Who are they fighting against, anyway? What exactly are they fighting for?
Under special care and obligation of the palace
In the thick of the fight with the communists, the Phu Phan Ratchaniwet Palace was built in 1974 as a way of shoring up the perceived mixed loyalties of the people and to show that the palace cared. As a child, Kriengkrai and his friends were excited to see the Lockheed C-130 Hercules aircraft fly in.
While certain communities or areas of the province may have benefitted from royal projects, having the palace there has also posed some burdens.
Over the years, every time a member of the royalty flies in or drives through, the province has to show its respect and appreciation. When the royalty uses the airport in neighboring Udon Thani, the entire 180-kilometer stretch is locked down.
Rajabhat universities were renamed en masse in 2005 and elevated to university status by the king. The universities have served as something of a stronghold of conservative values. One of those interviewed remarked that the meaning of “Rajabhat” is “literally defined as ‘one who is service to power.’”
Some students at the university are required to “receive the royalty” on such occasions. One student told us that students fulfilling their military obligations are inevitably called up to be present at the reception. Others also choose to do so “because everyone who does gets paid.”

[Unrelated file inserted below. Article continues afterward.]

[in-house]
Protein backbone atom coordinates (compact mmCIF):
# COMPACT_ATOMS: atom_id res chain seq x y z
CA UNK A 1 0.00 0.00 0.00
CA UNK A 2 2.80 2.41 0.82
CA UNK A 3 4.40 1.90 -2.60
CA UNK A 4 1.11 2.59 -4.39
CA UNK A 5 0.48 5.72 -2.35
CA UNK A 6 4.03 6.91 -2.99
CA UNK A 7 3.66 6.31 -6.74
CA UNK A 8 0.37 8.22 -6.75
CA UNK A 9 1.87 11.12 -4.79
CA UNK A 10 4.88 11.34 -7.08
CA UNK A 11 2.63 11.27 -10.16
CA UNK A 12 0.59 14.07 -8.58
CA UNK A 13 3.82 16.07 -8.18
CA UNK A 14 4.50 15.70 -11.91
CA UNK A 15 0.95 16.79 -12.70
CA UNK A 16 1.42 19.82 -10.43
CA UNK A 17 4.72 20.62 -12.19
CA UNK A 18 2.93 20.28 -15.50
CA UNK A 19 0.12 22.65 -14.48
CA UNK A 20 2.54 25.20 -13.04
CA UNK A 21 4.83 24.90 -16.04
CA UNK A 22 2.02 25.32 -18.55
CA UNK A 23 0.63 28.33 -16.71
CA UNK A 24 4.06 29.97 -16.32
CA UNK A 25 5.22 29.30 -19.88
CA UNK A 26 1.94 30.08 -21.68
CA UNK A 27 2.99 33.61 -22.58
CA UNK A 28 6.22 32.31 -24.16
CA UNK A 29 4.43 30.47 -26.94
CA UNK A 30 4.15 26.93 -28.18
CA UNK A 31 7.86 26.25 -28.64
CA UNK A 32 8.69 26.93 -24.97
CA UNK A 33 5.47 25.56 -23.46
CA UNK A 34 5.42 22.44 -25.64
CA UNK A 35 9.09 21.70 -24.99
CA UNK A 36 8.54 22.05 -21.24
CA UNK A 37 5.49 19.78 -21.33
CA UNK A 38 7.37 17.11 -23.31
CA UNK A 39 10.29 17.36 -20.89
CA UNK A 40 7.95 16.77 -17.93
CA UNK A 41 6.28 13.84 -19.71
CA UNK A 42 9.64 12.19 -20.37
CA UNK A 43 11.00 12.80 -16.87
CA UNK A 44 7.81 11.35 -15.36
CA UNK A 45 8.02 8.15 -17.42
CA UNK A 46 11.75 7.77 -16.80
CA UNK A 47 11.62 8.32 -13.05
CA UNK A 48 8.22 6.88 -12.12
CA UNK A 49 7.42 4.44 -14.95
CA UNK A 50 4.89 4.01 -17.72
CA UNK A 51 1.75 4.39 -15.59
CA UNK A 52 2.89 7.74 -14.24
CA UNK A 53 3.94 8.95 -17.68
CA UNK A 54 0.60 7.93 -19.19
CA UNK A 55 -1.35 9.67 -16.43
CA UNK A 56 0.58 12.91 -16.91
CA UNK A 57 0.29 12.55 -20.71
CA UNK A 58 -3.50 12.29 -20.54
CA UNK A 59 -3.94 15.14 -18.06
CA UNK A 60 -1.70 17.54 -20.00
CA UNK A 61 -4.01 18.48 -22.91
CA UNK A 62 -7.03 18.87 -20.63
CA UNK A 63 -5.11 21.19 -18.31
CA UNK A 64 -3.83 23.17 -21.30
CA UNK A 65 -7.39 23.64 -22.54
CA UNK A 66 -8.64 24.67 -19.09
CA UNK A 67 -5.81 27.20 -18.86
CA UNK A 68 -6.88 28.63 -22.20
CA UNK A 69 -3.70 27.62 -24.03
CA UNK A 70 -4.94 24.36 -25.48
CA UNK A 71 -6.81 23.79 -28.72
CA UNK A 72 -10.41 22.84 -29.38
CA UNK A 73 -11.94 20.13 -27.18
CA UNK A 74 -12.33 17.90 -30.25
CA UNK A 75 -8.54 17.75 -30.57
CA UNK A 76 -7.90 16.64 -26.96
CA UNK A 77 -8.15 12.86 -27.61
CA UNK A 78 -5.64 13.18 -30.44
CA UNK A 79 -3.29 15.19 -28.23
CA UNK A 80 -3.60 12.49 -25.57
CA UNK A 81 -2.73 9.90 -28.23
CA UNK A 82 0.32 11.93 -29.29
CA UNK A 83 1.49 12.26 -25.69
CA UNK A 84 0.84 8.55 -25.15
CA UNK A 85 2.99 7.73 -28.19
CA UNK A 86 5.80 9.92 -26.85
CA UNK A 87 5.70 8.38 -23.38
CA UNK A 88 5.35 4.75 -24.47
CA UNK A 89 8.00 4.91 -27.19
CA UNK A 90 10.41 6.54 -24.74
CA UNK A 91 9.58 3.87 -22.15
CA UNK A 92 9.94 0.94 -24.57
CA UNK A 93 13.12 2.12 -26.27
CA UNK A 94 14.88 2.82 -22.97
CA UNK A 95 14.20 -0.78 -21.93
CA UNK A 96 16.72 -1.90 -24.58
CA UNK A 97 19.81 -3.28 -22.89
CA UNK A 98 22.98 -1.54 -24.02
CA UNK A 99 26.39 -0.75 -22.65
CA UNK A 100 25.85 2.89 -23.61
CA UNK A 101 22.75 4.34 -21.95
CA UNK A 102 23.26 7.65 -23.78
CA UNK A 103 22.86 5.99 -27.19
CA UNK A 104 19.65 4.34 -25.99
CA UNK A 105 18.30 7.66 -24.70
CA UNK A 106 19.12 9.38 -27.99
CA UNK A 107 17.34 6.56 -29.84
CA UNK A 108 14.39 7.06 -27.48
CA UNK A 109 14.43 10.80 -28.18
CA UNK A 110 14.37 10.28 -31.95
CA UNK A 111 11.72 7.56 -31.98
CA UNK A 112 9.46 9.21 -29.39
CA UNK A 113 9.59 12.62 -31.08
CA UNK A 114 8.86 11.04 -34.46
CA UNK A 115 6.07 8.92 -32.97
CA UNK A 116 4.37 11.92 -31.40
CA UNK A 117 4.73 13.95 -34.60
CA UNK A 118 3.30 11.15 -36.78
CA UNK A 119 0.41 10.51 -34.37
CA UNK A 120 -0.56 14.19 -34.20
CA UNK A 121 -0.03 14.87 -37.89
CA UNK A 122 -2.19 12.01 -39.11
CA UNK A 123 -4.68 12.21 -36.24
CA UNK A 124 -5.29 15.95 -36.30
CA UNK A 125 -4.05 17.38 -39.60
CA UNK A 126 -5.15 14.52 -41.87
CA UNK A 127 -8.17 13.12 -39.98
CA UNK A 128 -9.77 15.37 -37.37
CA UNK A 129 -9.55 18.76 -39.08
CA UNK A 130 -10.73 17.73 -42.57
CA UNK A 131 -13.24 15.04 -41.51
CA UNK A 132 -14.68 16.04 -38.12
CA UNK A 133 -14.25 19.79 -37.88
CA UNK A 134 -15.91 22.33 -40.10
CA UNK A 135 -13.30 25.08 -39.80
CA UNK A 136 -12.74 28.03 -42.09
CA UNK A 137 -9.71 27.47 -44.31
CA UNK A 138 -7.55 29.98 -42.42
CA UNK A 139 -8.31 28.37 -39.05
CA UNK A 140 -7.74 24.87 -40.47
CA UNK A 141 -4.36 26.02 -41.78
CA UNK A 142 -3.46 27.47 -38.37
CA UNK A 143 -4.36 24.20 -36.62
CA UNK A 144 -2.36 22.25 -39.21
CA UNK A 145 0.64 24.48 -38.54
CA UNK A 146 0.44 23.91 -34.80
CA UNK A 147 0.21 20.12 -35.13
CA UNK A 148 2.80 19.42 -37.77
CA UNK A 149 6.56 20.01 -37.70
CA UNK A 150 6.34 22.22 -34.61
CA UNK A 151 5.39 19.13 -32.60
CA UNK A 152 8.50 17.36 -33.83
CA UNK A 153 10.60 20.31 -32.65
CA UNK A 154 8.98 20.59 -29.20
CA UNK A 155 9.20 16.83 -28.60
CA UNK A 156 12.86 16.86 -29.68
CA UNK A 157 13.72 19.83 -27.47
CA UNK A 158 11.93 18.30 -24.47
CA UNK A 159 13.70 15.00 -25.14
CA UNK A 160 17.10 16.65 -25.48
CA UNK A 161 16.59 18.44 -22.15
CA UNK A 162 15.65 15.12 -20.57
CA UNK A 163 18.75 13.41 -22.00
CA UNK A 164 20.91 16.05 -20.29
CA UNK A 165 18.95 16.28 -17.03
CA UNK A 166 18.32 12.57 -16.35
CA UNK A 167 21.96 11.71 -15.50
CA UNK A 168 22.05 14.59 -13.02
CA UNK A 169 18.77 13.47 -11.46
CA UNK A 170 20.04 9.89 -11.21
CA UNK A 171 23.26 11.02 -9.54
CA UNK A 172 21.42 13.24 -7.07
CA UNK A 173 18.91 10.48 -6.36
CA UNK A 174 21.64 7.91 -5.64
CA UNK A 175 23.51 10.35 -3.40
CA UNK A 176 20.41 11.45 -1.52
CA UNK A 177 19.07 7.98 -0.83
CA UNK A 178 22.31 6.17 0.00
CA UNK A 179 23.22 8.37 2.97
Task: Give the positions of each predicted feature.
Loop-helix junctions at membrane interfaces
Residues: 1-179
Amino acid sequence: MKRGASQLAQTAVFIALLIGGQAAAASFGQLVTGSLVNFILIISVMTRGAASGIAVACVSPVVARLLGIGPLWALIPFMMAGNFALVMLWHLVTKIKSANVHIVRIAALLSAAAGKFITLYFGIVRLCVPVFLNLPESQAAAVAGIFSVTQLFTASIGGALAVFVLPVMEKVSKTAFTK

Sakon Nakhon pulled by two poles
The province has a long history of harboring those accused of inciting separatism, being susceptible to communist subversion, and identification as ethnic Lao, as well as a more recent history of opposing military governments. Sakon Nakhon is also in a sense under royal patronage.
The new generation in the province have protested against the current government. But the presence of the royal palace, of the retinue of government officials based in the province awaiting the next royal visit, and the view that their university is essentially a “royal university” have all served to restrain student protesters.
It is because of this tension that Rajabaht teachers tell their students to not be “too sharp” in their attacks and keep the new generation protesters from making any references to the monarchy. One student interviewed said there’d been talk about the institution among friends but said they would have never dared speak about it on stage. The student said, “I hadn’t dared make any reference to this matter.”
Later, though, the student said, “I just started really thinking about talking about it.” But then said quickly, “But I’d never be brave enough to.”
Tomorrow see Part II of this story, “Sakon Nakhon’s rediscovered heroes of democracy.”